Homeopathy for Teething Babies

If like me, your baby is currently teething…
You probably aren’t having the easiest time, especially at night. Grouchy, tearful and very clingy are probably the best words to describe baby Bourne just before a tooth manages to break its way through but something that I have found very effective are Homeopathic remedies.


Homeopathy is a gentle and non-toxic therapy, making them ideal for babies and children…
It works in the principle that ‘like cures like’. A homeopathic remedy is a pure, natural substance that has been diluted many times which triggers the body’s own healing mechanism, meaning that given in small amounts it can cure what it would cause if given in large amounts. For example, one remedy which might be used for insomnia is coffea, a remedy made from coffee. Given in large amounts it could cause insomnia, but in this diluted form, it cures… not that insomnia is anything that a new mum needs to worry about! 

Teething can produce different reactions in different babies…

And there are quite a number of Homeopathic remedies for teething, depending on the symptoms your baby is getting.

Chamomilla: For when gums are red, swollen and tender to the touch. The baby is irritable, worse at night, and needs a lot of comforting through cuddles or being carried. Earache is often linked to the teething pain.

Pulsatilla: When baby has earache following the baby being cold or damp and is particularly fearful, nervous and tearful. Baby will respond well to fresh air, gentle movements and lots of loving attention.

Belladonna: When pain is coming and going suddenly and is quite extreme. Particularly good for hot or burning, red skin and throbbing.

Obviously the best way of knowing which remedy is best for your baby is to visit a Homeopath…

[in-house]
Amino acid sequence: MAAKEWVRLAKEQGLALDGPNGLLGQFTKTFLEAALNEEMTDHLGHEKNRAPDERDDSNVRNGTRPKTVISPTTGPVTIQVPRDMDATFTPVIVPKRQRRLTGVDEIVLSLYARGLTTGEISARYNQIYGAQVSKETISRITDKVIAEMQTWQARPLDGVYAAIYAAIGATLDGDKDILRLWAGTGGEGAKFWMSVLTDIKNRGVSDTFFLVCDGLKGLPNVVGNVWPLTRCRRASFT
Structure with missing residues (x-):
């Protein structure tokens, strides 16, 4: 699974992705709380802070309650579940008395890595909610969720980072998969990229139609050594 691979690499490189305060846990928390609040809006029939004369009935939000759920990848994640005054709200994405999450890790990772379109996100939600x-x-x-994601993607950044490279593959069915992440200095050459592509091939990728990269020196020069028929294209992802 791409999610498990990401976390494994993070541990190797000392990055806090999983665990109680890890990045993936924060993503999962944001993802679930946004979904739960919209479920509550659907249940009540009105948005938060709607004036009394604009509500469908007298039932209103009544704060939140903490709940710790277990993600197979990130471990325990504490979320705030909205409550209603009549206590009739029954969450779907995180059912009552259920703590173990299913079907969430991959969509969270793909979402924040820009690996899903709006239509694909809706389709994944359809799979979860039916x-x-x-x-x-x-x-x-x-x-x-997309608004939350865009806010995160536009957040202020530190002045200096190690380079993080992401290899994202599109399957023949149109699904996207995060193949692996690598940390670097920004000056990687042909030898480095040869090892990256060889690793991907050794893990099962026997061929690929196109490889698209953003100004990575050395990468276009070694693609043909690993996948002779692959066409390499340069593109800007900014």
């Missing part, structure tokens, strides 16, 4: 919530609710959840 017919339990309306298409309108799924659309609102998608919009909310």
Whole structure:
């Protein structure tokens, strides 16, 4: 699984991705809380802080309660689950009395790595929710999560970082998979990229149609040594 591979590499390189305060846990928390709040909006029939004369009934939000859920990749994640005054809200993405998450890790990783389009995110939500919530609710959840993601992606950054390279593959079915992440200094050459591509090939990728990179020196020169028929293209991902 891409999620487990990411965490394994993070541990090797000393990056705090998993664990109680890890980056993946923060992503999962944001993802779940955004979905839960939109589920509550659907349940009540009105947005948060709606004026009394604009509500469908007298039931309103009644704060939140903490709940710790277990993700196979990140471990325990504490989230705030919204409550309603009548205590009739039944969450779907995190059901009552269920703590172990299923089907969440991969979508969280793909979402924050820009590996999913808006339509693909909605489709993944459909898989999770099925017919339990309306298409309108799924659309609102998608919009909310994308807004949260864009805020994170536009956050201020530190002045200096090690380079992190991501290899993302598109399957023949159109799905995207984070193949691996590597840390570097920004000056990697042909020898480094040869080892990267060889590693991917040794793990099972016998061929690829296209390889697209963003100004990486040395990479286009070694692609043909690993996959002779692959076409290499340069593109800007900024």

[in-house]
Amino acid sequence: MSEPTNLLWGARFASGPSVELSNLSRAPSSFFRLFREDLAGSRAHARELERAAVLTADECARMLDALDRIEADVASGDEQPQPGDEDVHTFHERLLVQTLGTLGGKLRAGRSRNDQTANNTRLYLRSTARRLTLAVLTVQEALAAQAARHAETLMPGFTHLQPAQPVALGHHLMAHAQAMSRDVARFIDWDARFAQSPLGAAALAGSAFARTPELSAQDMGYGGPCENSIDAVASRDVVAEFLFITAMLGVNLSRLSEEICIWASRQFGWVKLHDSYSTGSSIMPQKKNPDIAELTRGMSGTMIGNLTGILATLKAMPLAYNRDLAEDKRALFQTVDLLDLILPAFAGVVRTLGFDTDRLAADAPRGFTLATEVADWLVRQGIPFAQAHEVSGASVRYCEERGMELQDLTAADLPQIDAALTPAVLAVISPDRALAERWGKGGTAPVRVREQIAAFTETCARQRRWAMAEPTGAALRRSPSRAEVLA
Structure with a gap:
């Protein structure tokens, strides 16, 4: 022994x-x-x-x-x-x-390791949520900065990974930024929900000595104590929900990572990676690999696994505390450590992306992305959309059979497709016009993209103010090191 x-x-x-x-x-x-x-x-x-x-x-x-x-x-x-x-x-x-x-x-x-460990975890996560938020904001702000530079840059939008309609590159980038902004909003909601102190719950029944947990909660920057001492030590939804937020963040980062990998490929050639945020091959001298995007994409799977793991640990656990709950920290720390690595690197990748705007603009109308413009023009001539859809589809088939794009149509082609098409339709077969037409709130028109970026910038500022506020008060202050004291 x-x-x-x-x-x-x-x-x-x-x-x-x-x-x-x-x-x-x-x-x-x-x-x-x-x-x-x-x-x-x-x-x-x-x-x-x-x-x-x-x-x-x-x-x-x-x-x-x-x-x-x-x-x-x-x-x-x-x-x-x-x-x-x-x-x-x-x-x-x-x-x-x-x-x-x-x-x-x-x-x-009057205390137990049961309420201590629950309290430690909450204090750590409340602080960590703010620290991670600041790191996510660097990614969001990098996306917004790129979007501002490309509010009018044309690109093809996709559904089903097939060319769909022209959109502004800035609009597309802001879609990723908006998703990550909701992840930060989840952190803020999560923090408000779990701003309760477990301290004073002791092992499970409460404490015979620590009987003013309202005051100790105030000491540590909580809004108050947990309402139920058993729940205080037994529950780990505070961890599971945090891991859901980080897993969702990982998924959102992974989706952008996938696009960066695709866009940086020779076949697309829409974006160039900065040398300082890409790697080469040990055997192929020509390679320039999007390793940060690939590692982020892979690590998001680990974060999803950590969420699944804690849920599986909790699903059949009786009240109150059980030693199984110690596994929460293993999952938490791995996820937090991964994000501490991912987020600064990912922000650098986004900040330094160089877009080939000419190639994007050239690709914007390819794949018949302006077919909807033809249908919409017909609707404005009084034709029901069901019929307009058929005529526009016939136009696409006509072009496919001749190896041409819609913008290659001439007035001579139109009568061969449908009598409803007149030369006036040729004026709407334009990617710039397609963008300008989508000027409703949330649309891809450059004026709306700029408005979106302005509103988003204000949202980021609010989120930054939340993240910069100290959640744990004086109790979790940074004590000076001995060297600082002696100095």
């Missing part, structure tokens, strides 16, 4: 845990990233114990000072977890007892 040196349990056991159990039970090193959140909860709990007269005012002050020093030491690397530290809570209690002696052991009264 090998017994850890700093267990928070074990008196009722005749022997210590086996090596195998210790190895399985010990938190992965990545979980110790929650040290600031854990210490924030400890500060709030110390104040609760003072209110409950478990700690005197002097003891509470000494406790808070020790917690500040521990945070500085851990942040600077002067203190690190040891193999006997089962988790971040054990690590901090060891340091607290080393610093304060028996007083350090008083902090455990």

(details of how to find a Homeopath at the end of the article), especially with regards to the correct dosage, but there are also a few remedies that are available on the high street which is what Baby Bourne has been using.

Baby Bourne has been having…
The Boots Teething Pain Relief Sachets which are the homeopathic remedy, Chamomilla.

The best thing about them is…
I have found them to be really effective; they appear to work very quickly and are only a couple of quid for a packet (and being Boots they are often on 3 for 2 offers).

The bad side is…
The packaging and getting them in his mouth. Baby Bourne seems to have developed a notion that anything coming near his mouth is horrid so he screws his mouth up as small as possible to stop anything getting in, but now he is starting to recognise the packaging he is more willing to open his mouth… but it still isn’t easy. They come in a paper sachet which is quite wide so the granules tend to go everywhere and if you put the packet further in his mouth to avoid this, he tends to close his mouth or bite down, making the paper soggy which the graduals then stick too.

Obviously the fact that this remedy is so effective completely outweighs any negative points…
And I would recommend the Boots Teething sachets to anyone who was going through teething with their little one.

To find a registered Homeopath in your area visit…